What Makes It Great?
Featuring Kyle Althayde Dance Party
Delve into the career of Duke Ellington with Rob Kapilow
WHEN: Sunday, March 10, 2019 at 2:00PM
WHERE: Morris Museum, 6 Normandy Hgts. Rd., Morristown
TICKETS: Members: $30; Non-Members: $40; Seniors: $35; Students: $20 with ID
Tickets can be purchased by calling 973.971.3706 or by visiting morrismuseum.org/special-performances/
To become a Member, visit morrismuseum.org/museum-membership, email firstname.lastname@example.org, or call 973.971.3721.
The Morris Museum is pleased to announce the return of What Makes it Great after its successful first outing this past October. This program features Rob Kapilow and the Kyle Athayde Dance Party who will delve into the music of Duke Ellington. After the program, there will be a complimentary reception to meet and mingle with the performers.
Rob Kapilow (top) will dissect and explore five masterpieces by Duke Ellington that span his great career. After his discussion of each composition, the audience will listen to the full work performed by the Kyle Athayde Dance Party (right). A question and answer session with the artists will take place after all five pieces have been analyzed and performed.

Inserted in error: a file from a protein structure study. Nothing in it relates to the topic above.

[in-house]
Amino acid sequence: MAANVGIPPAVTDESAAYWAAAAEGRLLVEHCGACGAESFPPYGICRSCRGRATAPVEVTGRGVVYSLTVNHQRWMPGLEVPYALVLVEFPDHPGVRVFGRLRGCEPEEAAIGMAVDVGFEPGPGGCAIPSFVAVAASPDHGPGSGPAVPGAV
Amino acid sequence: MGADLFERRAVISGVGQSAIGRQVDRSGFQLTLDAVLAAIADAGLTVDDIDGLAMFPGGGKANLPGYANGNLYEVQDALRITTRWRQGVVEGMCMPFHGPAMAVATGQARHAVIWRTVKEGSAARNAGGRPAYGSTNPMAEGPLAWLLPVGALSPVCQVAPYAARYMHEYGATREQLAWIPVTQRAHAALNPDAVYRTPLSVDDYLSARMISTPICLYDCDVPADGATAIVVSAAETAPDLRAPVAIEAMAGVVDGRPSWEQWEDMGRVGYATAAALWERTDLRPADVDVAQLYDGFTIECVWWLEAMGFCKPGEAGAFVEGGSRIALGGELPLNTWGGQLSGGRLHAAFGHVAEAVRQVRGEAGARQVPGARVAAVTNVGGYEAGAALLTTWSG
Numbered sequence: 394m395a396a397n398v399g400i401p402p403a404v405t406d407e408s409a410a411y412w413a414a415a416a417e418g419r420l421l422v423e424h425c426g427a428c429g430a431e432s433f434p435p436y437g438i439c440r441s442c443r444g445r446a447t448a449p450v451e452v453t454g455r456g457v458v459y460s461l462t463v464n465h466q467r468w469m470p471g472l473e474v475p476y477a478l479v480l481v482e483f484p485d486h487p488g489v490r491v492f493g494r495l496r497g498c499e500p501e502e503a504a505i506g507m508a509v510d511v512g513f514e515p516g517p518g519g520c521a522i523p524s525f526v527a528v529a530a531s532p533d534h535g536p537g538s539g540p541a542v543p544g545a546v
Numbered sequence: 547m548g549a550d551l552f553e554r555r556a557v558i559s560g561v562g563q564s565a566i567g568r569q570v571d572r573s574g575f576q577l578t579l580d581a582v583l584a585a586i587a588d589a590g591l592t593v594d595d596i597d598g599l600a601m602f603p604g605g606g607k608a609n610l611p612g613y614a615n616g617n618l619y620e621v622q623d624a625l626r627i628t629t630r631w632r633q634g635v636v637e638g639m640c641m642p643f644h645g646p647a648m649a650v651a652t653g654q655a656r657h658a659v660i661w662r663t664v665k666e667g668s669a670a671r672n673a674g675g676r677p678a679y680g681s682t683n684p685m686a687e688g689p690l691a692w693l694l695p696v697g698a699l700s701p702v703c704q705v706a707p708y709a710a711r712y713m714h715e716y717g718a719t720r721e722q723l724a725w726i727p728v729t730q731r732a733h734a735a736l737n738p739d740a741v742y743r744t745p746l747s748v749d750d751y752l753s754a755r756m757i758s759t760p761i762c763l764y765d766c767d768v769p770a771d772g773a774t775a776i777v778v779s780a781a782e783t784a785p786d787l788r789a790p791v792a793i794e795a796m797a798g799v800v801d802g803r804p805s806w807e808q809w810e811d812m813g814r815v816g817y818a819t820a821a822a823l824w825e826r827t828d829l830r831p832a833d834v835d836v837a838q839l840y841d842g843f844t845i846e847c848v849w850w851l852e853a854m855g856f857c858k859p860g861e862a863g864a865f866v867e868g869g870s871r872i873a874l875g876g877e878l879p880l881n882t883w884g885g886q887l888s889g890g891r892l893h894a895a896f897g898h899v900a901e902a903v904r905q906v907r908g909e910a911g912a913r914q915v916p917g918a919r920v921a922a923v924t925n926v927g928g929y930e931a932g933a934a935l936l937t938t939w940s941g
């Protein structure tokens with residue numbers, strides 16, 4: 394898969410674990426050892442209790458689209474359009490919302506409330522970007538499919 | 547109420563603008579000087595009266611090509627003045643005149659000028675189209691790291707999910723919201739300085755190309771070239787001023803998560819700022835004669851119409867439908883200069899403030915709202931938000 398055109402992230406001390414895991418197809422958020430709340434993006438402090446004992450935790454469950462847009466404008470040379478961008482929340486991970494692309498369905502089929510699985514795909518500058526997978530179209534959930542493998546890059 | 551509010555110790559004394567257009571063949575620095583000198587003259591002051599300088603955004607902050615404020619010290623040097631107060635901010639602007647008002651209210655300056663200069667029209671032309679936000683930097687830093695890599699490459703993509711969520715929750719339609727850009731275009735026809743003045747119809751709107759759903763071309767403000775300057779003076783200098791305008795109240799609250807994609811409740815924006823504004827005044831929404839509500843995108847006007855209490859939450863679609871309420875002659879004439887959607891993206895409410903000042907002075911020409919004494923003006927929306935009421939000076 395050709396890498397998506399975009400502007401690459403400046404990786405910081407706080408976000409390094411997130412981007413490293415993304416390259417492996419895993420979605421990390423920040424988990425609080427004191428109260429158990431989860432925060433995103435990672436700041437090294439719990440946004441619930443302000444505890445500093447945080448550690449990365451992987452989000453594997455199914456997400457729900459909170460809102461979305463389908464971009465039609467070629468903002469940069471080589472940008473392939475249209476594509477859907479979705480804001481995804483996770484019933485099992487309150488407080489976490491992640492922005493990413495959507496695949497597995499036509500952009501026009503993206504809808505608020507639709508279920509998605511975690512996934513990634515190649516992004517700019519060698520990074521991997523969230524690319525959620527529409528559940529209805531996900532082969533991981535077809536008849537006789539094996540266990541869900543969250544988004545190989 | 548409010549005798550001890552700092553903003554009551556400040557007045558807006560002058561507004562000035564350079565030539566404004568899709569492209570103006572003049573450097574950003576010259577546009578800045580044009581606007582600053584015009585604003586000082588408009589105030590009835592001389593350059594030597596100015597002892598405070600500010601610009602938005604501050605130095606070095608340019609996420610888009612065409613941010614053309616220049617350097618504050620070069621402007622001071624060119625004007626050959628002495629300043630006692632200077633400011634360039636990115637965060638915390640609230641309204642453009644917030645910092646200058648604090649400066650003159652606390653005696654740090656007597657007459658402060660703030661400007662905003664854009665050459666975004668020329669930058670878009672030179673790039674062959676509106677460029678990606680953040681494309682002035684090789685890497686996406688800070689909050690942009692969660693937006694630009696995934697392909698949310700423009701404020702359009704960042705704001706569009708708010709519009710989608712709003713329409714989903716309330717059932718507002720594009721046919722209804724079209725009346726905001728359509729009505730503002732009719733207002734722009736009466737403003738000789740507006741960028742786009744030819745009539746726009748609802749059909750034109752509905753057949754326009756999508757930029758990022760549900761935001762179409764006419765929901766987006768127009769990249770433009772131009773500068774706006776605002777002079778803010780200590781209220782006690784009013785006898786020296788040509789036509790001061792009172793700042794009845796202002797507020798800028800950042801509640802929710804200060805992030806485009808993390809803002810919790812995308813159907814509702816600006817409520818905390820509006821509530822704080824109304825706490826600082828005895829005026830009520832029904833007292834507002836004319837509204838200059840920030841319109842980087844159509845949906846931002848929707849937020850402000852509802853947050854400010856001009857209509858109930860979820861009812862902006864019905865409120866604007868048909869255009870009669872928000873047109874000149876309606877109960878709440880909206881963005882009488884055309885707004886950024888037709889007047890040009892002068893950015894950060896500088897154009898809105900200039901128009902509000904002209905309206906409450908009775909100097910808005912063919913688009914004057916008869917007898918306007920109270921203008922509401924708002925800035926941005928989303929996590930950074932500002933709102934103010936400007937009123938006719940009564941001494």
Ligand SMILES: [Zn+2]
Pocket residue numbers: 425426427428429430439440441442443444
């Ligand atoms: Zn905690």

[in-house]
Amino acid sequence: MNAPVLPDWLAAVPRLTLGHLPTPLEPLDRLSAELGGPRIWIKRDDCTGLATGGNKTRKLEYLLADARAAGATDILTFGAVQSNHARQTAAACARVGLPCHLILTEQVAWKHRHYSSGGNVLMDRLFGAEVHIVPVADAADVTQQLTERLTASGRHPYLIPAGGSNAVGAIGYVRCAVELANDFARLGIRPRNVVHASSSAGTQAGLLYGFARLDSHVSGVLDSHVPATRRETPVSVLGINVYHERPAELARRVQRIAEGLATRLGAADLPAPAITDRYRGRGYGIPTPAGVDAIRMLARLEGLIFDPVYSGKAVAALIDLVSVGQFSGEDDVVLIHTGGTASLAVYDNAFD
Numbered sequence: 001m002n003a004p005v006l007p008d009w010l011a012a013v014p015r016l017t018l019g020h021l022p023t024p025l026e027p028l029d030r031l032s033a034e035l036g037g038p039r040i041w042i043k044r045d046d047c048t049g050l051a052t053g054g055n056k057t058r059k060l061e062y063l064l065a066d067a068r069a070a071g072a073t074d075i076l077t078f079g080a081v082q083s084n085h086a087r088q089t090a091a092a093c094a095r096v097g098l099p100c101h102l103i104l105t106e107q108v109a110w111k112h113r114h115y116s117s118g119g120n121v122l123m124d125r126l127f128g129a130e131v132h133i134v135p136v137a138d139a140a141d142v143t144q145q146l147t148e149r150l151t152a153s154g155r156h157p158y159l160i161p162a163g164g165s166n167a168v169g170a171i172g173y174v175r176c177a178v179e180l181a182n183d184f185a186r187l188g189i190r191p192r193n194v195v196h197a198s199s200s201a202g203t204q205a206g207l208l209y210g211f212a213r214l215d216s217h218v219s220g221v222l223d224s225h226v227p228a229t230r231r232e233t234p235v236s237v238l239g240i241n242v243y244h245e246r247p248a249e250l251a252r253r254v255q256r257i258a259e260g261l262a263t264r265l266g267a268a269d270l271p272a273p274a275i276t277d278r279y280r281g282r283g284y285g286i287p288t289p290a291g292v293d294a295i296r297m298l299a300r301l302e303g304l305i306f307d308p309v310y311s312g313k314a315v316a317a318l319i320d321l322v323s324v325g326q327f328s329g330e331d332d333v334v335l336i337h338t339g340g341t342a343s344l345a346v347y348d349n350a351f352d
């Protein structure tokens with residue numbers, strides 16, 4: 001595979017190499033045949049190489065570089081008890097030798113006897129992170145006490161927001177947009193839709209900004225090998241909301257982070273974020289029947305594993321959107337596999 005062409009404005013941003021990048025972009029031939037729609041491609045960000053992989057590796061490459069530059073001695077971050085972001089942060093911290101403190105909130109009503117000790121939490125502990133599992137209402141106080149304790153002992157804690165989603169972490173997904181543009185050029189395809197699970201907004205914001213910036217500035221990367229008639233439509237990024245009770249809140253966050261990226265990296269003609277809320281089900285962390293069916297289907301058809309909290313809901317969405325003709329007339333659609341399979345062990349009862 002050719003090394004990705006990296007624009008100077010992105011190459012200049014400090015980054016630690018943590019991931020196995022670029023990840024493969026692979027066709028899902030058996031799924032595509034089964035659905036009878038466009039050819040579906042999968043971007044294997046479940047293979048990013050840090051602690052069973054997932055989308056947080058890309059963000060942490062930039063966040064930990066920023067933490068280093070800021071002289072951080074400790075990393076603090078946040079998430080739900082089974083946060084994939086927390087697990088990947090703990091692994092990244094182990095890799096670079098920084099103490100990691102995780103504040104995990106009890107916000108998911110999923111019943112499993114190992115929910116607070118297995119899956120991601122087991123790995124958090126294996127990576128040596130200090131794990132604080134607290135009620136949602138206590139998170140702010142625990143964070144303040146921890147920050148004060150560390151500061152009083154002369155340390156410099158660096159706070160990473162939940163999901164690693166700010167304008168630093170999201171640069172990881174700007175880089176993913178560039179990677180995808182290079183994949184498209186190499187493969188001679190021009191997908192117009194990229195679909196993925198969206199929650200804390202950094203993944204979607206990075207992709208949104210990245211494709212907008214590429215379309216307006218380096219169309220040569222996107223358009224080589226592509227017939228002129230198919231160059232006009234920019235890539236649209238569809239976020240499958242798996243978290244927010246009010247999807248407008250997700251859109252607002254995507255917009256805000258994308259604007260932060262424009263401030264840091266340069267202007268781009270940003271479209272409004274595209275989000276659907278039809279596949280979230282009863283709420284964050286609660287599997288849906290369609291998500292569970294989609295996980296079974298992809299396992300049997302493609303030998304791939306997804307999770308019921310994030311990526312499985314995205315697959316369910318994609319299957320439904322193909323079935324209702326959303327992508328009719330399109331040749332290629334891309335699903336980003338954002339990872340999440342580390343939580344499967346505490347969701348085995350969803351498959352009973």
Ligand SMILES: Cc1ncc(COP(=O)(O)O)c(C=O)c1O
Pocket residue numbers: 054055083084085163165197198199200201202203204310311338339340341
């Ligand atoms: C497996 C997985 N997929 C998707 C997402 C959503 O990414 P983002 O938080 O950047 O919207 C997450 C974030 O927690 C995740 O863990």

This celebration of the 20th century’s greatest jazz composer will span the full range of Duke Ellington’s long career, from his wildly original reinventions of his own pop songs in the 1930s to his final studio album in 1971. Kapilow shows how Ellington continually pushed boundaries, reinventing music of all kinds in his own voice – from the blues to Tchaikovsky’s “Nutcracker Suite” – while bringing the big band tradition to an astonishing creative height that continues to inspire musicians today. With the Kyle Athayde Dance Party, Kapilow will explore: “It Don’t Mean a Thing If It Ain’t Got That Swing” (1931), a three-minute pop song Ellington transformed into the legendary jazz anthem, “Harlem Airshaft” (1940), the controversial piece he claimed was inspired by the myriad sounds heard in the airshaft of a Harlem apartment building, “Peanut Brittle Brigade” (1960), his own brilliant and sophisticated distillation of Tchaikovsky’s "Nutcracker Suite” “Single Petal of the Rose” (1959), inspired by a memorable meeting with Queen Elizabeth II, and “Chinoiserie” (1973) a translation of the music he heard during tours of Asia during his highly productive final years into his own unique language.
“Rob Kapilow captivated an audience that ranged in age from nine to ninety-four years old when he made his Morris Museum debut in October 2018,” states Brett Wellman Messenger, Curator of Public Programs at the Morris Museum. “Kapilow’s enthusiasm and deep knowledge about music is infectious. What is so surprising and special is that these programs are as fun as they are informative and one walks away able to hear even familiar music with new ears.”